(NASDAQ:AMZN) stock, up 33.2% since the start of the year, has been one of the market winners in 2020. Investors flocked to buy the shares as consumers flocked to the retail giant to buy essentials during the coronavirus pandemic. When most of us think of Amazon and its revenue potential, we think of this demand for general merchandise or groceries on the e-commerce site -- or even new signups to its Prime membership program.

But a big part of Amazon's revenue growth has to do with its cloud computing business, Amazon Web Services (AWS). The one thing you should know before buying Amazon shares is this: AWS operating income made up about 77% of Amazon's overall operating income in the first quarter. That's up from a 50% share of overall income in the same period a year ago.

Even if AWS' percentage contribution to operating income doesn't move any higher, it still will remain a key profit driver. Why? Let's take a look at AWS' market share and the demand for cloud computing services.

A person's hands are shown on a laptop with a cloud image above them.

Image source: Getty Images.

Market leader

AWS holds a nearly 48% share of the worldwide infrastructure-as-a-service (IaaS) public cloud market, making it the market leader, according to a Gartner report from July 2019. Microsoft (NASDAQ:MSFT) is in the second position, with about 16% of the market. In a separate report last November, Gartner predicted the global public cloud services market would grow 17% this year to reach $266.4 billion.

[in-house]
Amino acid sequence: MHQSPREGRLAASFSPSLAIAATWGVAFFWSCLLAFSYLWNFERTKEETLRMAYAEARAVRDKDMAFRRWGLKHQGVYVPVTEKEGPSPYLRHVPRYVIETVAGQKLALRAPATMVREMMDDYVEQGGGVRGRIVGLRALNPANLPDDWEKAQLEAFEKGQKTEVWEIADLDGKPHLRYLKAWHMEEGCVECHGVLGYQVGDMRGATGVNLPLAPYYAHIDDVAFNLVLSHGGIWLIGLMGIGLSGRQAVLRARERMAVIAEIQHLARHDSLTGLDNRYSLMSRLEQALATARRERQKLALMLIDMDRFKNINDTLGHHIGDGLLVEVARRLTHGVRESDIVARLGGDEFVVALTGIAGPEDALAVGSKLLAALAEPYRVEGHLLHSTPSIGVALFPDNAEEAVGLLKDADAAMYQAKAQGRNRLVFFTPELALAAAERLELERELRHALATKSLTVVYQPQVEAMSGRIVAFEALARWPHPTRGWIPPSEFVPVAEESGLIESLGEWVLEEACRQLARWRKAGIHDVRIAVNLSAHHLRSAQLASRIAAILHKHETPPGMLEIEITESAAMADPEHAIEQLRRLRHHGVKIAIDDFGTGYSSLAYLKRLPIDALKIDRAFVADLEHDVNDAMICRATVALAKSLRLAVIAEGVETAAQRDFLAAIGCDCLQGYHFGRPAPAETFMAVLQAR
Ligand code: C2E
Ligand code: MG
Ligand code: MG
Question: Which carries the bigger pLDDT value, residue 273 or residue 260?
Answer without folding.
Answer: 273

But that was before the coronavirus pandemic. Though the outbreak halted certain large projects, demand for general cloud computing services climbed as many companies shifted to remote working. Spending on cloud infrastructure services reached a record in the first quarter, rising 34% to $31 billion, according to Canalys.

As workers continue to telecommute during the next stages of the coronavirus crisis and some continue working from home even beyond the crisis, AWS may benefit from higher demand. And once business is back to normal, some of those postponed projects will start coming through as well.

Though the future looks bright for AWS, and therefore for Amazon, there are still a couple of points to watch. Industries most hurt by the coronavirus crisis, such as travel-related or retail companies, may delay spending on cloud infrastructure projects. This could impact AWS and its rivals.

Microsoft jumps ahead

And speaking of rivals, one, in particular, is catching up. While AWS holds the largest share of the market, Microsoft has jumped ahead when it comes to sales and growth rate. Microsoft's commercial cloud revenue jumped 39% in the most recent quarter to more than $13 billion, while AWS' revenue rose 33% to about $10 billion. And though AWS has been growing sales more than 30% each quarter over the past year, it posted quarterly sales gains of as much as 49% back in 2018.

While it's important to keep an eye on those elements, for now, I don't see them darkening AWS' future. It's not uncommon for a player that has been around for a while to see growth slow from the earlier ramp-up stages. (AWS launched in 2006, while Microsoft started its cloud computing business in 2010.) And increases in cloud infrastructure spending offer room for a few players to flourish.

As for AWS, with double-digit growth quarter after quarter and a lead in market share, I expect the business to be a significant contributor to Amazon's profit well into the future. And that's great news for Amazon's stock price.

This article represents the opinion of the writer, who may disagree with the “official” recommendation position of a Motley Fool premium advisory service. We’re motley! Questioning an investing thesis -- even one of our own -- helps us all think critically about investing and make decisions that help us become smarter, happier, and richer.